The Goods Vehicle Movement Service (GVMS) will control the flow of trucks between the UK and the EU, but GVMS end-to-end testing is not due to be complete until 4 December, giving firms no time to learn how to use the system. Likewise, there is real concern being expressed by local politicians in Kent that the Kent Access Permit will not be ready in time.

Full border control posts to carry out customs and sanitary and phytosanitary (SPS) checks won’t be needed until July, but facilities to carry out basic customs checks and manage traffic disruption will be needed from January. That means new border posts, customs controls and somewhere to park lorries as checks are made. It means more staff and it means more land. But, as Building magazine pointed out, tenders have only just gone out for building border posts in Hull, Immingham and Plymouth – posts that must be in place in seven months’ time. Unfortunately, with supplies to construction being affected by the pandemic there is little chance of even the foundations being laid.

There is the added complication of Northern Ireland. Businesses will need to submit data to the Customs Declaration Service to move freight across the Irish Sea (that’s 30 million customs declarations annually, according to the BBC). However, the capability to apply two different tariff rates is needed, as some goods crossing into Northern Ireland will be deemed at risk of moving on to the Republic of Ireland, and therefore liable for tariffs. And whilever we are still negotiating how trade with Northern Ireland will work — including which goods will be liable for tariffs – it’s impossible to roll out any new software.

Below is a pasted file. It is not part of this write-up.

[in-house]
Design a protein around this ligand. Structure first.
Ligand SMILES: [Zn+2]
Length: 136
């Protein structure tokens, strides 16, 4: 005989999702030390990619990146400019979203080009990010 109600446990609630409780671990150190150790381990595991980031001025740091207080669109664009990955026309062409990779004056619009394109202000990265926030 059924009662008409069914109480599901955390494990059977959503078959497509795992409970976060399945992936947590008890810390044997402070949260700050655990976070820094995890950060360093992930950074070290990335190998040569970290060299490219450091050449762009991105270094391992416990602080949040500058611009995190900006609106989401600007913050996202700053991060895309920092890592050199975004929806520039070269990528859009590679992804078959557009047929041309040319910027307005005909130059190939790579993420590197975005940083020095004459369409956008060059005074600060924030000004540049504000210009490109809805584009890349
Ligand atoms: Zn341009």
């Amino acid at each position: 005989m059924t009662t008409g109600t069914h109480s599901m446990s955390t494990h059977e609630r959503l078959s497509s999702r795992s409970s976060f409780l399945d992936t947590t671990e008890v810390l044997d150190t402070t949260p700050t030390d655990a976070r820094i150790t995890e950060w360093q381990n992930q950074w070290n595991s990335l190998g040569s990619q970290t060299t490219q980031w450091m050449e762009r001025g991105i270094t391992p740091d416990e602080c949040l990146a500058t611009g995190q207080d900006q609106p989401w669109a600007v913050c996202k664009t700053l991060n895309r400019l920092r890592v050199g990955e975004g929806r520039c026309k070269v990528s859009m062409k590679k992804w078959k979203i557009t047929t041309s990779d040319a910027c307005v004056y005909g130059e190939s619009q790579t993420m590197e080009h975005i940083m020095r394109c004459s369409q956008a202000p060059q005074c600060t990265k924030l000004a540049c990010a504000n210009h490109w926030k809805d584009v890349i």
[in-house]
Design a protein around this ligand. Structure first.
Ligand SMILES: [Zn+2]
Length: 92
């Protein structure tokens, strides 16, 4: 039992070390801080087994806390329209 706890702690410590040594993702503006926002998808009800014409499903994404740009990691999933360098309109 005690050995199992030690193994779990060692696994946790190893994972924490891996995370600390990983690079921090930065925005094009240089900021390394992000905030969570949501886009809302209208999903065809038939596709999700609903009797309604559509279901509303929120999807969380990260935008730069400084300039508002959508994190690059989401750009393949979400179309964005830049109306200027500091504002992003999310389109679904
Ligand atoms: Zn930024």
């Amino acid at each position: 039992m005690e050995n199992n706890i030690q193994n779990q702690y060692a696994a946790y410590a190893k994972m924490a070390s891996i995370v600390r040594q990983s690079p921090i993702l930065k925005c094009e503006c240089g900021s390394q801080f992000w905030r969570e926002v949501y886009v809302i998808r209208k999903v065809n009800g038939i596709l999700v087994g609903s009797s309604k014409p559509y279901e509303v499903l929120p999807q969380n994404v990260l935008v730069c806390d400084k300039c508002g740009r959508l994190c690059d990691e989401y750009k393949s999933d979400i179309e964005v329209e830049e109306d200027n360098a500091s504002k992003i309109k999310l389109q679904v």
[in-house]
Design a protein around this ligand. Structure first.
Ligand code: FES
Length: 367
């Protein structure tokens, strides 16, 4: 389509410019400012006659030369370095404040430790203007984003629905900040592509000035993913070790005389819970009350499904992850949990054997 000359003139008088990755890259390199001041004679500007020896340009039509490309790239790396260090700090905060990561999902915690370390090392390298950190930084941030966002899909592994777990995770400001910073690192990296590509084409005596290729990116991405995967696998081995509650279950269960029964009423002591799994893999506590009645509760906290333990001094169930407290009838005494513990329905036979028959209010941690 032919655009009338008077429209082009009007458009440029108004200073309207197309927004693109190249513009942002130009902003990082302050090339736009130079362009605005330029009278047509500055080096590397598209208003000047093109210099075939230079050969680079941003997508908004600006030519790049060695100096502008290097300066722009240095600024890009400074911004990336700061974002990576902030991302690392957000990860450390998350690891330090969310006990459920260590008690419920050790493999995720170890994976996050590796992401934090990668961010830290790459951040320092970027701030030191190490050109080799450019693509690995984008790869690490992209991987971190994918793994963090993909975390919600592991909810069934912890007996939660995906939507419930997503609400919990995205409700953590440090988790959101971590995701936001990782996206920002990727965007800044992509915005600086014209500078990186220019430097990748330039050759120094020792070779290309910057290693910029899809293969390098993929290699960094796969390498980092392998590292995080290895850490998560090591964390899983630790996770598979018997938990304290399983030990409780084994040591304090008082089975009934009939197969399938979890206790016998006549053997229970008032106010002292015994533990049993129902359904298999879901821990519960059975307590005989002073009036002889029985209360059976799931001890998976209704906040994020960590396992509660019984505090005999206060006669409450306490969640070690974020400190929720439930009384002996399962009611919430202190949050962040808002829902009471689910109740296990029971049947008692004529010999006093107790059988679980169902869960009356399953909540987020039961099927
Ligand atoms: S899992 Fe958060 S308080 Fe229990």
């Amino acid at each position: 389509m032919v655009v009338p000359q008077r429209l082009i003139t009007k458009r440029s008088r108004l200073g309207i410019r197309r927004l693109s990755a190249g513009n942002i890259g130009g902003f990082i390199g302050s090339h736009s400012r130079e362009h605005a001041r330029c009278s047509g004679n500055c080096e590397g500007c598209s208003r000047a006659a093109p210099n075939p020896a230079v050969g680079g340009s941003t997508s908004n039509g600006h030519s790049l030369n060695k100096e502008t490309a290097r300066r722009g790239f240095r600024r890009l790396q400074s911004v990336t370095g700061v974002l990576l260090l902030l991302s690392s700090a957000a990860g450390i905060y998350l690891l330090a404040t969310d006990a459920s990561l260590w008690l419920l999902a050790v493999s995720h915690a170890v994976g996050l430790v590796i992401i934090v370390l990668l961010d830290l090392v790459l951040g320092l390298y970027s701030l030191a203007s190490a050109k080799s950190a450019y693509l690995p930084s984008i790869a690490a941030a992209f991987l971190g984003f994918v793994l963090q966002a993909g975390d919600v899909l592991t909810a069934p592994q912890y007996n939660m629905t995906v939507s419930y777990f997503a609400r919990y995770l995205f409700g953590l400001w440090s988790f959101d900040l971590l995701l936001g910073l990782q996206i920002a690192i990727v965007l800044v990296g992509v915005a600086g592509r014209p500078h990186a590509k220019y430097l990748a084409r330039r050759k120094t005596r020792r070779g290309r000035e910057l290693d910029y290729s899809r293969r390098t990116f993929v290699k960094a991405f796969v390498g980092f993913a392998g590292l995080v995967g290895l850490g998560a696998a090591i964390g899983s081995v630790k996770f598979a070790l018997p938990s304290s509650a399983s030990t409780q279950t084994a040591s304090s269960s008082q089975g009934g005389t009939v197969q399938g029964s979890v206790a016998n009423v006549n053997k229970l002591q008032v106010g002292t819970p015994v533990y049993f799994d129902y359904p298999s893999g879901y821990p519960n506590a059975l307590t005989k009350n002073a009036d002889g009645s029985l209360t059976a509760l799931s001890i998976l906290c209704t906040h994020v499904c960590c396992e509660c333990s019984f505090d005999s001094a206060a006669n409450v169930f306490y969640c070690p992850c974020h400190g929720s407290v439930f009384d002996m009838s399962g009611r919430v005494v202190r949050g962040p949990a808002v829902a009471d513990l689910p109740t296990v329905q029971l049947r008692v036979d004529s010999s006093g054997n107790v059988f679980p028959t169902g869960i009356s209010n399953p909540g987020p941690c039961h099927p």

Finally, there is the real and present danger of the pandemic. As Juliet Lodge wrote recently in Yorkshire Bylines, “The impact of covid is complex … We know there will be supply chain problems affecting imported goods, including food and medicine. But the logistical nightmare doesn’t stop there and covid vaccine distribution will add yet another complication”.

The government would have you believe that they have spent much of the last four years preparing to leave the EU. The evidence on the ground tells a very different story. The physical infrastructure, the necessary IT and the additional staff cannot magically appear in the next seven weeks. And certainly not during a pandemic. Business knowledge and capability is simply not there. It’s a curious one, given the speed at which this government can turn around billion pound contracts to their chums in the private sector over track and trace.

The government will now have to revisit its plans to phase in new customs checks on GB imports, and consider further postponing the introduction of full checks planned for July. Their “reasonable worst case scenario” is playing out. Everything points to both a deal and an extended transition. Johnson of course will call it something else, but come 1 January, we will almost certainly have both a deal and an extension.